Campaign spending for 2016 has already topped $5.5 million in Arizona

Traditional campaign materials are a tiny part of the cost of running for office. Consultants’ fees were the biggest part of the $5.5 million already spent on 2016 congressional races in Arizona, according to the latest FEC filings. (Photo by J. Gregory Barton via flickr/Creative Commons)

WASHINGTON – With more than a year until the election, congressional candidates in Arizona have already spent $5.5 million on their campaigns – for everything from consultants to coffee mugs, according to the latest Federal Election Commission filings.

Political experts were not surprised by the number, a symptom of what they call the “new normal” of constant campaigning in which there is no lull in the cycle of raising and spending election funds.

“Gathering funds is the new early campaign exercise,” said Kevin DeMenna, a political consultant in Arizona. “But (it’s) exponentially greater than in the past.”

Specific numbers are difficult to come by: The FEC does not have standardized expense descriptions, leaving candidates to determine how to describe their own expenses. That led to 456 different types of spending descriptions for Arizona alone, many overlapping.

But an analysis of spending reports for the quarter that ended Sept. 30, showed several broad categories.

Dollars for democracy

The largest categories of campaign spending, from an analysis of the $5.5 million total spent by Arizona congressional candidates so far on 2016 elections. Numbers are approximate:

  • Consulting: $962,000
  • Mail/postage/print: $840,000
  • Payroll/salary: $365,000
  • Travel: $210,000
  • Catering/food/bev.: $206,000
  • Contribution/refunds: $197,000
  • Taxes: $170,000
  • Web-related costs: $159,000
  • Loan repayments: $155,000
  • The biggest expenses were for consulting, where candidates had spent more than $962,000, a number that experts expect will only go up as the election approaches.

    “You do need to gear up ahead of time and start hiring consultants,” said Candice Nelson, a professor of government at American University.

    Consulting expenditures overlapped with several other areas in the reports, including fundraising, which accounted for about $315,000 so far this year.

    “In Congress, they never stop running essentially and it is common for congresspersons to always retain someone to assist them with fundraising,” said Barbara Lubin, a spokeswoman for the Arizona Democratic Party.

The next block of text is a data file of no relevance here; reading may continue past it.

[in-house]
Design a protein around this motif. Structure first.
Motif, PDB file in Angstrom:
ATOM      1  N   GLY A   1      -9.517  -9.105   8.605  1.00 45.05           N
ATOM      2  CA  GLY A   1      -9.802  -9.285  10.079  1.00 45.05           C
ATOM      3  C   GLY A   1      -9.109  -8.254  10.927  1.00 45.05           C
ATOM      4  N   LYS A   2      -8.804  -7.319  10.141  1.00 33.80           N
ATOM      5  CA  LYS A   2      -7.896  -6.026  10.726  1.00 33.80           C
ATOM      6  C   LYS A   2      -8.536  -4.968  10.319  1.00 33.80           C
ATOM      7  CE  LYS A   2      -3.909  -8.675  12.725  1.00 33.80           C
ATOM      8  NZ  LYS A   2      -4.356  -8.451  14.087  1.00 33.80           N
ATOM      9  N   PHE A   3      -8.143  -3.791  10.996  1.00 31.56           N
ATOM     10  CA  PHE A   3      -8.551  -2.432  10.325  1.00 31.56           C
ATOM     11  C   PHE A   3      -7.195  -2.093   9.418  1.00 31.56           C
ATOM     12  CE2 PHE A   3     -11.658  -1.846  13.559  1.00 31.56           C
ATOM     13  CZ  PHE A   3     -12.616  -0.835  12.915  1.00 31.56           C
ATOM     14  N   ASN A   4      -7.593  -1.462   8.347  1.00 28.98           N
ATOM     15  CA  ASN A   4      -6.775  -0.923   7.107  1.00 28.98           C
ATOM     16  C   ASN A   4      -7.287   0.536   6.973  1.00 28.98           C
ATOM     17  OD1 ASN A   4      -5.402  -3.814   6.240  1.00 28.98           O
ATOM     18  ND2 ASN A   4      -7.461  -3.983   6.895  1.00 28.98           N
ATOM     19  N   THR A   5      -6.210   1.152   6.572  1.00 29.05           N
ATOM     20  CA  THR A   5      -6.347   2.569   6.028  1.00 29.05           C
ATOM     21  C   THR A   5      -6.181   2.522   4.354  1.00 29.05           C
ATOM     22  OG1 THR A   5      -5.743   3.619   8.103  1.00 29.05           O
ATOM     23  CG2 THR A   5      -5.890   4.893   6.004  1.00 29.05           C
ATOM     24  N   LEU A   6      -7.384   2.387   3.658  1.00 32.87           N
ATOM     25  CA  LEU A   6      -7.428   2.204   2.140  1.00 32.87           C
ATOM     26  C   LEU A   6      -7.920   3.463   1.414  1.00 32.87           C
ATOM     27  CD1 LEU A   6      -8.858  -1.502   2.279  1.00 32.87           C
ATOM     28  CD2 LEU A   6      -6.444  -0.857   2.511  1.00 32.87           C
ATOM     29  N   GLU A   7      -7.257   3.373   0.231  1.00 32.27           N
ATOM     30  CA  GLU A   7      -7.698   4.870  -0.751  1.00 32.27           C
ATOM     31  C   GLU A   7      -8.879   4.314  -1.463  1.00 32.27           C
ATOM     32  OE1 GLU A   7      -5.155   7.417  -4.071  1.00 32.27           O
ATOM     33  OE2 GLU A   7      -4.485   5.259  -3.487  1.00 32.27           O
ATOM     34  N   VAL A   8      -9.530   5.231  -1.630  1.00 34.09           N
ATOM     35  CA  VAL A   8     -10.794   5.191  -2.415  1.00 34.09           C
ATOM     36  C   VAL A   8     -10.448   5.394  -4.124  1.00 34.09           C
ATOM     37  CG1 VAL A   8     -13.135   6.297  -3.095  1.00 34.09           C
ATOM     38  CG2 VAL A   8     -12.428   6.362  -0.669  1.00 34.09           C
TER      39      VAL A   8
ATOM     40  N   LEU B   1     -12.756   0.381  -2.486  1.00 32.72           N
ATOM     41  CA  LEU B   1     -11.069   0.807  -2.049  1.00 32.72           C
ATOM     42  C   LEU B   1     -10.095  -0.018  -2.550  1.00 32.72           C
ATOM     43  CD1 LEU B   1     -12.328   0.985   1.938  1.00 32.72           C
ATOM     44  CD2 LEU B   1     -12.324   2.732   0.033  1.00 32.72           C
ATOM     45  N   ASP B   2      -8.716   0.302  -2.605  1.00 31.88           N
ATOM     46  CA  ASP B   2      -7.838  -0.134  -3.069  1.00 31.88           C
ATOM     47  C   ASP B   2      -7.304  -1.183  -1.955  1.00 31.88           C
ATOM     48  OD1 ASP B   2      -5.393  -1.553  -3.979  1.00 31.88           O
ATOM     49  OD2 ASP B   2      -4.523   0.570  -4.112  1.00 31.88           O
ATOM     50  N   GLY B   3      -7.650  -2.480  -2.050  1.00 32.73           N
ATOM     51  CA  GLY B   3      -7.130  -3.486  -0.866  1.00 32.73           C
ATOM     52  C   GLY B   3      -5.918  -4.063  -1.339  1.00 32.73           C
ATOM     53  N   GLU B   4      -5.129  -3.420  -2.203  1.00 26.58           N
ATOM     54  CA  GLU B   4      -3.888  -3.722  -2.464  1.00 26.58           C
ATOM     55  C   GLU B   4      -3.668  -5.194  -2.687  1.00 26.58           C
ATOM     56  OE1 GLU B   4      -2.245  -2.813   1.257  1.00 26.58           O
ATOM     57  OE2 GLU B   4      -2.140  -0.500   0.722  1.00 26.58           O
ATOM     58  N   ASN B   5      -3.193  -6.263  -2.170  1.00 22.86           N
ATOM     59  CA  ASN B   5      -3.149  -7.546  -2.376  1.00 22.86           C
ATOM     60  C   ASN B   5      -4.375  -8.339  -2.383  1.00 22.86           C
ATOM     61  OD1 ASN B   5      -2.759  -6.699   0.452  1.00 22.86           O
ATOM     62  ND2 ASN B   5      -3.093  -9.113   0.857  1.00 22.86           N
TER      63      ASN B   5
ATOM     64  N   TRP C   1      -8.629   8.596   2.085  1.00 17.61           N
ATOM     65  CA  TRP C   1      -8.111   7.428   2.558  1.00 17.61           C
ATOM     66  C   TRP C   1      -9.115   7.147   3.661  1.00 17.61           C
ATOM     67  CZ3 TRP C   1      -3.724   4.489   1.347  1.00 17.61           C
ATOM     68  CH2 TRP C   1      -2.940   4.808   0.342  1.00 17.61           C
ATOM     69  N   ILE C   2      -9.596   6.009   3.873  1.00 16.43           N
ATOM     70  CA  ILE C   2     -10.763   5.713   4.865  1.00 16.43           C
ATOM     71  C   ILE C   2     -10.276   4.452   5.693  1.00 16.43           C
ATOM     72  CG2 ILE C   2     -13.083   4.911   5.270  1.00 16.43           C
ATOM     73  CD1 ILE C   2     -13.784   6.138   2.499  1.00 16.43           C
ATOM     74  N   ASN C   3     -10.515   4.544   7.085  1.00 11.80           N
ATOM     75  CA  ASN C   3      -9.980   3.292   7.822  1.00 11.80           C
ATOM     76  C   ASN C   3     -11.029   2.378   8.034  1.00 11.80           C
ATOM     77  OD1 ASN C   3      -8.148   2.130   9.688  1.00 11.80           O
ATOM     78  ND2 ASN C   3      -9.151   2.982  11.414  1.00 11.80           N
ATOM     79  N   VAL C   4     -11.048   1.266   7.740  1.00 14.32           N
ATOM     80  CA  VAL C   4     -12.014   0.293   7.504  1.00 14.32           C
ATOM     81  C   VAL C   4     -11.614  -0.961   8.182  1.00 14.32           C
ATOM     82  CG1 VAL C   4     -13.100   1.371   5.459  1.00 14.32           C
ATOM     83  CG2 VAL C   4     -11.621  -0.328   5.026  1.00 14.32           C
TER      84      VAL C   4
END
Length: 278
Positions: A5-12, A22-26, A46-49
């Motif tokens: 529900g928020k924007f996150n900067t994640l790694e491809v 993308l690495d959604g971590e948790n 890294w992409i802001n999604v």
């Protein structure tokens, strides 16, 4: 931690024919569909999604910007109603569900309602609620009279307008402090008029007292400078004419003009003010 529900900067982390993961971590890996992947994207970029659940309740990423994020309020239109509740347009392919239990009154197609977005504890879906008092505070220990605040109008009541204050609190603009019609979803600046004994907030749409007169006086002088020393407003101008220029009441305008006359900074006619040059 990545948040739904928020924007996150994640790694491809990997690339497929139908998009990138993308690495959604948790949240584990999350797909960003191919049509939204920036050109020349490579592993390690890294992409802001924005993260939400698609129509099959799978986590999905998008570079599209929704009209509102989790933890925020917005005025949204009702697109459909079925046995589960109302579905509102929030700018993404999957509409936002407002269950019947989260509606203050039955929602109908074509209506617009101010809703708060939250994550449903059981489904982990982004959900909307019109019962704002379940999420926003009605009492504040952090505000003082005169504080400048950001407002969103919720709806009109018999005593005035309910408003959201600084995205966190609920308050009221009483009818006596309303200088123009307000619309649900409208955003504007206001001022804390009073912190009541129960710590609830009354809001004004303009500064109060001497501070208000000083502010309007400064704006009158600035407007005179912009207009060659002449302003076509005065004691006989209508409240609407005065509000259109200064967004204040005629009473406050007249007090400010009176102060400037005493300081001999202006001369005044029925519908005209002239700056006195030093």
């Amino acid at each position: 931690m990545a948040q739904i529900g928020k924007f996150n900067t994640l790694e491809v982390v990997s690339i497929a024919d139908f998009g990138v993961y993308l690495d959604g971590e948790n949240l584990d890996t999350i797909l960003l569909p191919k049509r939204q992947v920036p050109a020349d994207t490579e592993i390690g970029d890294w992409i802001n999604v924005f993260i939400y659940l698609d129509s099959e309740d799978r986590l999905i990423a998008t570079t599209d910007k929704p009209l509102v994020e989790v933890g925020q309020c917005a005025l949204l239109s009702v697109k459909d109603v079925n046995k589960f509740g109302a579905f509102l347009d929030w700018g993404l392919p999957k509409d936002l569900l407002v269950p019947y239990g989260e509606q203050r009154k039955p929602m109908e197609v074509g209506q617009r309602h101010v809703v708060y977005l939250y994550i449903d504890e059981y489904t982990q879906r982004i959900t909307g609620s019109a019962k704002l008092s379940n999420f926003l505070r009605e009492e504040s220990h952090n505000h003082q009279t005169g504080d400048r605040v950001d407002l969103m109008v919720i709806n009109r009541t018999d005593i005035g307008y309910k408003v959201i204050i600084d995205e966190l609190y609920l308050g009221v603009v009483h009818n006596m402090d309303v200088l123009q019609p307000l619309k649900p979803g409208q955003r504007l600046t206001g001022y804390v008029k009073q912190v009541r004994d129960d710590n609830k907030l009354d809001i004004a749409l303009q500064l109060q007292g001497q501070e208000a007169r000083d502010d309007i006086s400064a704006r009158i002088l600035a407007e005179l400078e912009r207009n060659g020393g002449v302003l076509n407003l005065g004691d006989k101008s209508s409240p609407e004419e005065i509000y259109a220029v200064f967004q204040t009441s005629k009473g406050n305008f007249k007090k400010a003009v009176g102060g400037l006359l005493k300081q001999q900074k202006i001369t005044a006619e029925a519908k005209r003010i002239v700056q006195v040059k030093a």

Other large categories of spending went toward the typical costs of running a business, with Arizona congressional candidates spending about $210,000 in travel-related expenses and an estimated $840,000 on mail, postage and printing, for example.

    Those are expenses that were reported through the third quarter for House races but only through June for Senate campaigns, whose third-quarter reports are still being processed by the FEC.

    Josh Stewart, a spokesman for the government watchdog Sunlight Foundation in Washington, said it’s not unusual to see campaigns start spending this far in advance of an election.

    “For some of the battleground seats … it’s normal for candidates to be investing in polling (and) grass-roots infrastructure,” Stewart said.

    And candidates are trying to grow those grass roots with a variety of campaign tchotchkes – Rep. Kyrsten Sinema, D-Phoenix, reported spending $987 on coffee mugs, for example, while Rep. Raul Grijalva, D-Tucson, reported $1,740 in campaign T-shirt expenses.

    DeMenna said the need to constantly campaign applies not only to incumbents in swing districts, but also to those in districts that are considered safe for re-election.

    “It’s effectively a 24/7, 365-days-a-year, message-management effort,” DeMenna said, especially for the incumbents.

    For those in safe seats, campaigning “is a long-term exercise,” DeMenna said, while freshmen like Rep. Ruben Gallego, D-Phoenix, and Rep. Martha McSally, R-Tucson, are “focused on accumulating resources to become comfortable incumbents.”

    Constant campaigning and fundraising doesn’t necessarily mean constant spending, however. Democrat Matthew Heinz, who reported raising just under $204,000 for a run against McSally, is focused on spending as little as possible for the time being, a spokesman said.

    “You are trying to save that money for when voters are paying attention next summer or next fall,” said Bill Scheel of Heinz’s campaign.

    McSally reported raising $2.5 million and spending $1.3 million through the third quarter, the highest totals for Arizona House candidates and among the highest nationally. Scheel said that in an effort to keep its “burn rate” low, Heinz’s campaign has only spent about $29,000, or about 14 percent of total receipts.

    Grijalva, who admitted he is “not that good of a fundraiser,” said his campaign tries to spend primarily on fieldwork.

    “My campaign’s job is to get information into people’s hands – via mail, phone, door-to-door – and we’ve always concentrated (on) that,” Grijalva said. “It works for us. It’s not glamorous – it’s more sweat equity than anything else.”

    Grijalva, who is currently running unchallenged, also said his campaign is waiting to see who the opponent is, so it can react accordingly. For now, however, he said it is focused on tucking away enough money to launch a media campaign if needed.

    As the 2016 election draws closer, Lubin said media expenses will be the highest as candidates try to push their message out through radio and television advertisements.

    Stewart said the ingredients are there for a potentially very expensive election cycle in Arizona this year: In addition to it being a presidential election, there is an open seat in the 1st District and the possibility of competitive races for Senate and for McSally’s seat.

    “Arizona is poised to have an unprecedented amount of political spending,” he said.